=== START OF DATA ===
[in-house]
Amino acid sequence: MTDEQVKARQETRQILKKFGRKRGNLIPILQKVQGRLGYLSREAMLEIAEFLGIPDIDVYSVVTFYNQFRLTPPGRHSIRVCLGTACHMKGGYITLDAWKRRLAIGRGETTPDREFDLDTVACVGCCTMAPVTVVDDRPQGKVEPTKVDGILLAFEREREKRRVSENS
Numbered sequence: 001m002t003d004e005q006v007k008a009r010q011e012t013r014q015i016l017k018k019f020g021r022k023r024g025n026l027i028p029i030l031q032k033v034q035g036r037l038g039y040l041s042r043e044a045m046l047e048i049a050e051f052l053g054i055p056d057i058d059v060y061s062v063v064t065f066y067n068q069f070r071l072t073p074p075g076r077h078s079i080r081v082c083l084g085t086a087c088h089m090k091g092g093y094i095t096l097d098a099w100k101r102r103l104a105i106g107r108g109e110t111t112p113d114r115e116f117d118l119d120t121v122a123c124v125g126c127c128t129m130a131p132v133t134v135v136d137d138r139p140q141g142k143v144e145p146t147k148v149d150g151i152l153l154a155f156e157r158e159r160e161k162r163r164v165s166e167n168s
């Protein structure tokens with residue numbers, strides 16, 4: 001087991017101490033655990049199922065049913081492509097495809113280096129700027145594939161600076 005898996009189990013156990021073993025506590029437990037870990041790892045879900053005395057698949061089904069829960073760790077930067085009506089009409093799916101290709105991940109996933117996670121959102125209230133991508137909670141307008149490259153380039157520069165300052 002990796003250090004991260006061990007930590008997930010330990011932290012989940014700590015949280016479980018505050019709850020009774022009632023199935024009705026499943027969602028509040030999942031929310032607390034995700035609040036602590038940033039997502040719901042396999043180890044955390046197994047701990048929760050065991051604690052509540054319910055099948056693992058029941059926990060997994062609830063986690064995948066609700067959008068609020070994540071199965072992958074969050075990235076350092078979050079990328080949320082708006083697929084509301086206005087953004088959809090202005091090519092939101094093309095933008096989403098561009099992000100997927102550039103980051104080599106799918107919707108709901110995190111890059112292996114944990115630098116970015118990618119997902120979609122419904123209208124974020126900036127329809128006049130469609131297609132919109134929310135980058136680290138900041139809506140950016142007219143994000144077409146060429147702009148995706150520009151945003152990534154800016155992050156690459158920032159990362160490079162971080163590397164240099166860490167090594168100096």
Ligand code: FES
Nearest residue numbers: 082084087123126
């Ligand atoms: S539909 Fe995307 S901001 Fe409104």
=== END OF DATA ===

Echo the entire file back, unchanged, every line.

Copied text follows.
[in-house]
Amino acid sequence: MTDEQVKARQETRQILKKFGRKRGNLIPILQKVQGRLGYLSREAMLEIAEFLGIPDIDVYSVVTFYNQFRLTPPGRHSIRVCLGTACHMKGGYITLDAWKRRLAIGRGETTPDREFDLDTVACVGCCTMAPVTVVDDRPQGKVEPTKVDGILLAFEREREKRRVSENS
Numbered sequence: 001m002t003d004e005q006v007k008a009r010q011e012t013r014q015i016l017k018k019f020g021r022k023r024g025n026l027i028p029i030l031q032k033v034q035g036r037l038g039y040l041s042r043e044a045m046l047e048i049a050e051f052l053g054i055p056d057i058d059v060y061s062v063v064t065f066y067n068q069f070r071l072t073p074p075g076r077h078s079i080r081v082c083l084g085t086a087c088h089m090k091g092g093y094i095t096l097d098a099w100k101r102r103l104a105i106g107r108g109e110t111t112p113d114r115e116f117d118l119d120t121v122a123c124v125g126c127c128t129m130a131p132v133t134v135v136d137d138r139p140q141g142k143v144e145p146t147k148v149d150g151i152l153l154a155f156e157r158e159r160e161k162r163r164v165s166e167n168s
């Protein structure tokens with residue numbers, strides 16, 4: 001087991017101490033655990049199922065049913081492509097495809113280096129700027145594939161600076 005898996009189990013156990021073993025506590029437990037870990041790892045879900053005395057698949061089904069829960073760790077930067085009506089009409093799916101290709105991940109996933117996670121959102125209230133991508137909670141307008149490259153380039157520069165300052 002990796003250090004991260006061990007930590008997930010330990011932290012989940014700590015949280016479980018505050019709850020009774022009632023199935024009705026499943027969602028509040030999942031929310032607390034995700035609040036602590038940033039997502040719901042396999043180890044955390046197994047701990048929760050065991051604690052509540054319910055099948056693992058029941059926990060997994062609830063986690064995948066609700067959008068609020070994540071199965072992958074969050075990235076350092078979050079990328080949320082708006083697929084509301086206005087953004088959809090202005091090519092939101094093309095933008096989403098561009099992000100997927102550039103980051104080599106799918107919707108709901110995190111890059112292996114944990115630098116970015118990618119997902120979609122419904123209208124974020126900036127329809128006049130469609131297609132919109134929310135980058136680290138900041139809506140950016142007219143994000144077409146060429147702009148995706150520009151945003152990534154800016155992050156690459158920032159990362160490079162971080163590397164240099166860490167090594168100096």
Ligand code: FES
Nearest residue numbers: 082084087123126
């Ligand atoms: S539909 Fe995307 S901001 Fe409104």